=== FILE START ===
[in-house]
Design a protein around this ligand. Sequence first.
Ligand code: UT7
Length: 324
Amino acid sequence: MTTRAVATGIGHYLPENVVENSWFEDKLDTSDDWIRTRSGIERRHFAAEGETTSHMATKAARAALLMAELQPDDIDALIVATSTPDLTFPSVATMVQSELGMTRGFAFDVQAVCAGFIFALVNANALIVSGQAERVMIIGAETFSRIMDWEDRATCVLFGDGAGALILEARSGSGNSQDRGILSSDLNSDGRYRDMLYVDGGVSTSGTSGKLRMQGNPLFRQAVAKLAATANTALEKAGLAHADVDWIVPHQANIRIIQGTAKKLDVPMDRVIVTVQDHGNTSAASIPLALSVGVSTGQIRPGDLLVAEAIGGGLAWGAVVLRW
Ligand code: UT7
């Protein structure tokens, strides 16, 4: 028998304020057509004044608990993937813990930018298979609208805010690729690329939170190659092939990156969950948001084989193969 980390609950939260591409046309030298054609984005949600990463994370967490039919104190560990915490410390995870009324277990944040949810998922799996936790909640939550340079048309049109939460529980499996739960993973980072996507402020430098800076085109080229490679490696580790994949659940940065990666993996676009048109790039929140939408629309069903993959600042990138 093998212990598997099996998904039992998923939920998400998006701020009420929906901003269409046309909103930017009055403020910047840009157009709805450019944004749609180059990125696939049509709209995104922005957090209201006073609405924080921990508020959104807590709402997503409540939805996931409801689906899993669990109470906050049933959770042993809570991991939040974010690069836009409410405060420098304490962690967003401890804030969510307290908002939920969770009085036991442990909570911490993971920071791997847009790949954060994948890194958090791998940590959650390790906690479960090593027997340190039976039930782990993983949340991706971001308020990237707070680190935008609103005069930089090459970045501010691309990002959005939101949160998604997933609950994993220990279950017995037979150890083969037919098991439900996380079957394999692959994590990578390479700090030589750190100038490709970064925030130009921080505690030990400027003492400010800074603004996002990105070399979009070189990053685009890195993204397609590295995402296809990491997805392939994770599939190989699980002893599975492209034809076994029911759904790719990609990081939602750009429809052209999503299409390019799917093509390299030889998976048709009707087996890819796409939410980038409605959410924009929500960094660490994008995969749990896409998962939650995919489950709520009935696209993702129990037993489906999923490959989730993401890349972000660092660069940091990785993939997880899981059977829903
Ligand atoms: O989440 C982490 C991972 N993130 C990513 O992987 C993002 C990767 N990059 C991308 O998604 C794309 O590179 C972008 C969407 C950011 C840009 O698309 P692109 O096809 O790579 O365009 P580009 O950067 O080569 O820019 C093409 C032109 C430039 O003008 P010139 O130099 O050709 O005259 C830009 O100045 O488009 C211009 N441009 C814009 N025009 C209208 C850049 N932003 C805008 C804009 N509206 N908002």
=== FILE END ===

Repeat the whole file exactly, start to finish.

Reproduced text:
[in-house]
Design a protein around this ligand. Sequence first.
Ligand code: UT7
Length: 324
Amino acid sequence: MTTRAVATGIGHYLPENVVENSWFEDKLDTSDDWIRTRSGIERRHFAAEGETTSHMATKAARAALLMAELQPDDIDALIVATSTPDLTFPSVATMVQSELGMTRGFAFDVQAVCAGFIFALVNANALIVSGQAERVMIIGAETFSRIMDWEDRATCVLFGDGAGALILEARSGSGNSQDRGILSSDLNSDGRYRDMLYVDGGVSTSGTSGKLRMQGNPLFRQAVAKLAATANTALEKAGLAHADVDWIVPHQANIRIIQGTAKKLDVPMDRVIVTVQDHGNTSAASIPLALSVGVSTGQIRPGDLLVAEAIGGGLAWGAVVLRW
Ligand code: UT7
């Protein structure tokens, strides 16, 4: 028998304020057509004044608990993937813990930018298979609208805010690729690329939170190659092939990156969950948001084989193969 980390609950939260591409046309030298054609984005949600990463994370967490039919104190560990915490410390995870009324277990944040949810998922799996936790909640939550340079048309049109939460529980499996739960993973980072996507402020430098800076085109080229490679490696580790994949659940940065990666993996676009048109790039929140939408629309069903993959600042990138 093998212990598997099996998904039992998923939920998400998006701020009420929906901003269409046309909103930017009055403020910047840009157009709805450019944004749609180059990125696939049509709209995104922005957090209201006073609405924080921990508020959104807590709402997503409540939805996931409801689906899993669990109470906050049933959770042993809570991991939040974010690069836009409410405060420098304490962690967003401890804030969510307290908002939920969770009085036991442990909570911490993971920071791997847009790949954060994948890194958090791998940590959650390790906690479960090593027997340190039976039930782990993983949340991706971001308020990237707070680190935008609103005069930089090459970045501010691309990002959005939101949160998604997933609950994993220990279950017995037979150890083969037919098991439900996380079957394999692959994590990578390479700090030589750190100038490709970064925030130009921080505690030990400027003492400010800074603004996002990105070399979009070189990053685009890195993204397609590295995402296809990491997805392939994770599939190989699980002893599975492209034809076994029911759904790719990609990081939602750009429809052209999503299409390019799917093509390299030889998976048709009707087996890819796409939410980038409605959410924009929500960094660490994008995969749990896409998962939650995919489950709520009935696209993702129990037993489906999923490959989730993401890349972000660092660069940091990785993939997880899981059977829903
Ligand atoms: O989440 C982490 C991972 N993130 C990513 O992987 C993002 C990767 N990059 C991308 O998604 C794309 O590179 C972008 C969407 C950011 C840009 O698309 P692109 O096809 O790579 O365009 P580009 O950067 O080569 O820019 C093409 C032109 C430039 O003008 P010139 O130099 O050709 O005259 C830009 O100045 O488009 C211009 N441009 C814009 N025009 C209208 C850049 N932003 C805008 C804009 N509206 N908002």